Hong Kong's Hang Seng Index fell more than two percent.
Asian markets sank again Friday following a rout on Wall Street as signs of trouble at a regional US lender sparked concerns about the wider sector as the Federal Reserve ramps up interest rates.
The sell-off comes as traders nervously await the release of US jobs data later in the day, with many fearing a forecast-beating figure could press the central bank to ramp up borrowing costs more than previously thought.
US lenders were sent into a tailspin Thursday after SVB Financial Group, which specialises in venture-capital financing, announced a stock offering and offloaded securities to raise much-needed cash as it struggles with falling deposits.
The firm's shares collapsed 60 percent in New York as it said it lost $1.8 billion following the sales.
The news came as crypto banking giant Silvergate said it planned to close as the sector faces more turmoil.
Major US banks suffered hefty losses, with Wall Street titans including JP Morgan and Goldman Sachs sharply lower.
Data showing more people than expected made jobless claims last week -- indicating a softening of the labour market -- was unable to soothe investor worries, and all three main indexes were deep in the red by the close of trade in New York.
US Treasury yields sank as investors flocked to the safety of government bonds.
While higher borrowing costs can be beneficial for banks, many that took out loans and made other investments during the period of ultra-low rates have seen their value erased as the Fed tightens monetary policy to fight inflation.
Lenders are also struggling to keep customers and so offer better rates, or sell assets at a discount, putting pressure on the smaller banks.
"We have been in a zero-interest regime for a multiyear period and banks have operated in a certain way," said Jens Nordvig, of Exante Data and Market Reader. "Certain banks are going to have difficulty in a totally different environment."
Eyes on US Jobs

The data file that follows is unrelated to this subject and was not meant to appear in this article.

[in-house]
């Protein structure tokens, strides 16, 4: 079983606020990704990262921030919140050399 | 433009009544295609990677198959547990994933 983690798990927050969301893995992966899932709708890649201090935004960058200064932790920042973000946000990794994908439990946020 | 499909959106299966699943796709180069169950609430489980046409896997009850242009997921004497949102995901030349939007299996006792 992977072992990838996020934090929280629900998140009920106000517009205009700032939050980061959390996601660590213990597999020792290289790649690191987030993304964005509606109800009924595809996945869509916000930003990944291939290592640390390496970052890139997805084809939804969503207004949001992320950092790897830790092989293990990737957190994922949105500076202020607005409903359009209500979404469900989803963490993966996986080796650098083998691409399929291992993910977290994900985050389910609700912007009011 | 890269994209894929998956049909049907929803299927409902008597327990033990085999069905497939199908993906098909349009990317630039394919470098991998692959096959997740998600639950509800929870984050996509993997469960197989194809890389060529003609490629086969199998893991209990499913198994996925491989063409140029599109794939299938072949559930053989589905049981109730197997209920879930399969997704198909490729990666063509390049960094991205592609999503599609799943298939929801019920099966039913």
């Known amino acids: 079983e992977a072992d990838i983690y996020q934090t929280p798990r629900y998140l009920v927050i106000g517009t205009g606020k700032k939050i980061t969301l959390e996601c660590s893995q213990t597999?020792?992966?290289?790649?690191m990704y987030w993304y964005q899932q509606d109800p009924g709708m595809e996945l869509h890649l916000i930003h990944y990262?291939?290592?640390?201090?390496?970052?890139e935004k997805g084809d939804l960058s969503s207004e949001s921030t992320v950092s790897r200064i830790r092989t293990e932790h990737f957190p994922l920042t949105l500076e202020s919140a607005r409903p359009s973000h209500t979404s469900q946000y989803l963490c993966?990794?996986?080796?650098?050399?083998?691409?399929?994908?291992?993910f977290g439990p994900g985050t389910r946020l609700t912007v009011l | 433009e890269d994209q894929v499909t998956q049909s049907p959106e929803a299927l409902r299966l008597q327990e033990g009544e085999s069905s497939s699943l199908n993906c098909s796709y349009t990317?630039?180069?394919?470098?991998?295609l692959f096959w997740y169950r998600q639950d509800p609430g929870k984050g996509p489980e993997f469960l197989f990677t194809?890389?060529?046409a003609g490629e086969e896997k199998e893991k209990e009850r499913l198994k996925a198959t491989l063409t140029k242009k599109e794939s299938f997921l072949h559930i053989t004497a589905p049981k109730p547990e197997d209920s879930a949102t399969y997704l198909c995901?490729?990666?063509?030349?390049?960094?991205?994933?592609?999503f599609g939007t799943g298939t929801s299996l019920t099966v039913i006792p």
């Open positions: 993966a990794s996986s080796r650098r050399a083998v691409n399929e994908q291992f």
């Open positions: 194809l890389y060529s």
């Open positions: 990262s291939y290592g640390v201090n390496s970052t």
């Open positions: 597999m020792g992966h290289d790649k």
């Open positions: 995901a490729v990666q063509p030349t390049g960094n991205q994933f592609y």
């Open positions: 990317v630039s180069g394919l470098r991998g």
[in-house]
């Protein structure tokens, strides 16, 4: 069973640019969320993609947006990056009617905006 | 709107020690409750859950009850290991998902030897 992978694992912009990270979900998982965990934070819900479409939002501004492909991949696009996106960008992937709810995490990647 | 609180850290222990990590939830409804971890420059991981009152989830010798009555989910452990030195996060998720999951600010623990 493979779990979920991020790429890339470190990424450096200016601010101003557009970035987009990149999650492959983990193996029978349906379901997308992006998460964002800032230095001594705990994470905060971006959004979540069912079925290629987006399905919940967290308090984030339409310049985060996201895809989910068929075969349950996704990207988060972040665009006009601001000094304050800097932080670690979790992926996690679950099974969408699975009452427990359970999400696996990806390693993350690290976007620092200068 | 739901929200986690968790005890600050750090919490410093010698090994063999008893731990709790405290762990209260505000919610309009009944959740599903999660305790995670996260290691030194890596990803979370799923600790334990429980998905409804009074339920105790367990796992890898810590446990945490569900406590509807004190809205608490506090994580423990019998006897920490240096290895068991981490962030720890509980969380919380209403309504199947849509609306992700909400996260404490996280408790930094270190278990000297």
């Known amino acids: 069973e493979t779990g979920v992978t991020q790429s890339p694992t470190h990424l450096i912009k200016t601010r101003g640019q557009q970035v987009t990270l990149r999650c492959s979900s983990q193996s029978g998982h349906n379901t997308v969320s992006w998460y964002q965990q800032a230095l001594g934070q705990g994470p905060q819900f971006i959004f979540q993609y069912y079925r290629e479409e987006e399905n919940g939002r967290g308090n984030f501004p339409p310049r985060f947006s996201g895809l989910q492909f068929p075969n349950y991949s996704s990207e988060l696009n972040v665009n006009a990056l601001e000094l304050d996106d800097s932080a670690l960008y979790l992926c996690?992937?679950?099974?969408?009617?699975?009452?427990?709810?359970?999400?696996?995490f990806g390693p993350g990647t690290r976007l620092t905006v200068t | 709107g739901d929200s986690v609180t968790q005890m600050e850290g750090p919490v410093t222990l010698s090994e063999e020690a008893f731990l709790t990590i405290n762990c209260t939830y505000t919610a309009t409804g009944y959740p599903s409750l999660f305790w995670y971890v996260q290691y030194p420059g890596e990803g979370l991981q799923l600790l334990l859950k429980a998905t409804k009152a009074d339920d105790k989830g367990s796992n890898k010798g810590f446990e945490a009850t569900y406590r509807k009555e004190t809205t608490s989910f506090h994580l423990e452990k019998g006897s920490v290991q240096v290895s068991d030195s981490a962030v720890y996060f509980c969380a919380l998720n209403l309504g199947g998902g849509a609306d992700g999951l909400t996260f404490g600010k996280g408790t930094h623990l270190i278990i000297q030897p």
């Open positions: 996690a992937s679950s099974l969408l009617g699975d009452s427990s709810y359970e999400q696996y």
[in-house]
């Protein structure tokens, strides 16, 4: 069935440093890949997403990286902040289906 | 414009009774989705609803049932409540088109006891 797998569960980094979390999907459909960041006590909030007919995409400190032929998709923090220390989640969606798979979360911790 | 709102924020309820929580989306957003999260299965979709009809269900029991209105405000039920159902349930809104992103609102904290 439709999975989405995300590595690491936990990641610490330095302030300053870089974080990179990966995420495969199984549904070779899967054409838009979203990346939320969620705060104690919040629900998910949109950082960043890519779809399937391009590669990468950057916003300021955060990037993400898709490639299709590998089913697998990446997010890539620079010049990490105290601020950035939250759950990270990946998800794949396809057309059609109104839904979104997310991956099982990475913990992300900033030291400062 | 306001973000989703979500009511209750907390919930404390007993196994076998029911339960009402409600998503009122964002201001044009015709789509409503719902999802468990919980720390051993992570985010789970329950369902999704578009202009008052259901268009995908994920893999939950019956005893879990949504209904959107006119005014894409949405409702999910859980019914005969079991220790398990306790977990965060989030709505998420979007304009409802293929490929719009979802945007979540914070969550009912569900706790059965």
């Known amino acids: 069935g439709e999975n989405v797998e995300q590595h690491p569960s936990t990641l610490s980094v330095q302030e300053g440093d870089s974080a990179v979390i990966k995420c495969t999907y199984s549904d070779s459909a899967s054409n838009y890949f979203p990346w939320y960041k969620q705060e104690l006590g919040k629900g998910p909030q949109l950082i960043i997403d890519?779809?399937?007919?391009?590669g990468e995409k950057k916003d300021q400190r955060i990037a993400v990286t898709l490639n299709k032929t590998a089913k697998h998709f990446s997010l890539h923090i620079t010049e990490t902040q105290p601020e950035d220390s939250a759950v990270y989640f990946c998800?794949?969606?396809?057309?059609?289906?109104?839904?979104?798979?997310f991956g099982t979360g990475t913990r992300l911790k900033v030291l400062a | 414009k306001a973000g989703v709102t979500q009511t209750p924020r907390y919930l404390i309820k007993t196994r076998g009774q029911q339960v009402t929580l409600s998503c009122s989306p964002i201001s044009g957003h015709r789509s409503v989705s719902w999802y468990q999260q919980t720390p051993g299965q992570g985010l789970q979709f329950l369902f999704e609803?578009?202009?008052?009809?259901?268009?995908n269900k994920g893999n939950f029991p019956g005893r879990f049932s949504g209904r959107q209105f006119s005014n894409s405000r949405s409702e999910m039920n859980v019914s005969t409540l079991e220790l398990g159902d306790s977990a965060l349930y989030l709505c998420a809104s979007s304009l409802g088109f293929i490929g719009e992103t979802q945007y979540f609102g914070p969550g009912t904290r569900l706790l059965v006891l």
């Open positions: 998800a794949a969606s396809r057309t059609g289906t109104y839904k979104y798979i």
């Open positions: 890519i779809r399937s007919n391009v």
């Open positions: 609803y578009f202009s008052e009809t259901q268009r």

And SPI Asset Management's Stephen Innes said: "In days like this, 'bad news is indeed bad news', especially when the potential of massive mortgage defaults enters the market purview.
"Even the swelling jobless ranks offered little relief to nervous investors. Traders draw a straight line from bulging jobless ranks to mortgage defaults and rotate into safety."
He offered a word of warning about the outlook, adding: "Provided (the Fed) are prepared to use their most blunt tool, higher for longer interest rates, it will be challenging to express a lasting 'risk-on view', given that the choppy policy waters may not offer as plain sailing as it was at the beginning of the year."
In early trade, Asian markets were well down, with banks taking a hit.
HSBC lost more than two percent in Hong Kong, as was National Australia Bank in Sydney, while Tokyo-listed Mitsubishi UFJ Financial Group gave up around three percent.
Hong Kong's Hang Seng Index fell more than two percent -- wiping out all the year's gains -- while Tokyo, Sydney, Seoul, Taipei and Manila were off more than one percent.
Shanghai, Singapore, Jakarta and Wellington were also sharply lower.
And there is a fear of further big losses if the US jobs report comes in above expectations later Friday after Fed boss Jerome Powell warned officials were ready to hike rates even more if data showed the economy remained robust.
"With all the panic around the banking system, if the job report is good, that's not good for markets," Shana Sissel, of Banrion Capital Management, told Bloomberg Radio.
The Fed would "kind of have to stay with the policy that they've been communicating", she added.
On currency markets, the yen weakened after the Bank of Japan decided against making any changes to its ultra-loose monetary policy, after boss Haruhiko Kuroda's final meeting.
The Japanese unit eased to 136.90 per dollar, from 136 before the announcement.
(Except for the headline, this story has not been edited by NDTV staff and is published from a syndicated feed.)